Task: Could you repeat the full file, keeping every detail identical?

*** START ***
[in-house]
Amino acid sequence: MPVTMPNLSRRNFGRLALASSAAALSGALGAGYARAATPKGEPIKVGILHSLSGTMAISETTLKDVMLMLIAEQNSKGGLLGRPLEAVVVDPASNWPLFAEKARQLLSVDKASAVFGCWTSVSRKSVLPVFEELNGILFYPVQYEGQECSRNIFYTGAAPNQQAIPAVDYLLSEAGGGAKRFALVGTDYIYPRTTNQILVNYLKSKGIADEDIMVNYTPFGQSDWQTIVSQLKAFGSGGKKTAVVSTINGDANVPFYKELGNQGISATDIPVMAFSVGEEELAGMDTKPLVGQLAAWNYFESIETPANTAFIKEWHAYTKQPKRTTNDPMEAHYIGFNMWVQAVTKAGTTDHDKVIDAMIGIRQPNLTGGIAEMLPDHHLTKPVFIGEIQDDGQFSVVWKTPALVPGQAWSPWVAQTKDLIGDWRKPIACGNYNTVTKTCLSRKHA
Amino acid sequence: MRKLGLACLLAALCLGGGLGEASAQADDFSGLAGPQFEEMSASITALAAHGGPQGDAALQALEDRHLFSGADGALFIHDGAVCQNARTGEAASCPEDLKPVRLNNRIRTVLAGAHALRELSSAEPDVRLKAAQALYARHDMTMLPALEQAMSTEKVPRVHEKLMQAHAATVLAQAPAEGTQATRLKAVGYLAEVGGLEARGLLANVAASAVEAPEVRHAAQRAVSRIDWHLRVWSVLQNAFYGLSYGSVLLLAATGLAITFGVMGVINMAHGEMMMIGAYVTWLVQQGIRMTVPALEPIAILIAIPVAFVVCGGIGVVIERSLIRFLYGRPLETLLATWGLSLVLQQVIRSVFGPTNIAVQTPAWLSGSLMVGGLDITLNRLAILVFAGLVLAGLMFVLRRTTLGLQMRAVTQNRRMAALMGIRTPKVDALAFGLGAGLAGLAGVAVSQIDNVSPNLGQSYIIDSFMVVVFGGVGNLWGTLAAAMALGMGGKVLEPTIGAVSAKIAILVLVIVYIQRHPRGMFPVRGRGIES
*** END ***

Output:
[in-house]
Amino acid sequence: MPVTMPNLSRRNFGRLALASSAAALSGALGAGYARAATPKGEPIKVGILHSLSGTMAISETTLKDVMLMLIAEQNSKGGLLGRPLEAVVVDPASNWPLFAEKARQLLSVDKASAVFGCWTSVSRKSVLPVFEELNGILFYPVQYEGQECSRNIFYTGAAPNQQAIPAVDYLLSEAGGGAKRFALVGTDYIYPRTTNQILVNYLKSKGIADEDIMVNYTPFGQSDWQTIVSQLKAFGSGGKKTAVVSTINGDANVPFYKELGNQGISATDIPVMAFSVGEEELAGMDTKPLVGQLAAWNYFESIETPANTAFIKEWHAYTKQPKRTTNDPMEAHYIGFNMWVQAVTKAGTTDHDKVIDAMIGIRQPNLTGGIAEMLPDHHLTKPVFIGEIQDDGQFSVVWKTPALVPGQAWSPWVAQTKDLIGDWRKPIACGNYNTVTKTCLSRKHA
Amino acid sequence: MRKLGLACLLAALCLGGGLGEASAQADDFSGLAGPQFEEMSASITALAAHGGPQGDAALQALEDRHLFSGADGALFIHDGAVCQNARTGEAASCPEDLKPVRLNNRIRTVLAGAHALRELSSAEPDVRLKAAQALYARHDMTMLPALEQAMSTEKVPRVHEKLMQAHAATVLAQAPAEGTQATRLKAVGYLAEVGGLEARGLLANVAASAVEAPEVRHAAQRAVSRIDWHLRVWSVLQNAFYGLSYGSVLLLAATGLAITFGVMGVINMAHGEMMMIGAYVTWLVQQGIRMTVPALEPIAILIAIPVAFVVCGGIGVVIERSLIRFLYGRPLETLLATWGLSLVLQQVIRSVFGPTNIAVQTPAWLSGSLMVGGLDITLNRLAILVFAGLVLAGLMFVLRRTTLGLQMRAVTQNRRMAALMGIRTPKVDALAFGLGAGLAGLAGVAVSQIDNVSPNLGQSYIIDSFMVVVFGGVGNLWGTLAAAMALGMGGKVLEPTIGAVSAKIAILVLVIVYIQRHPRGMFPVRGRGIES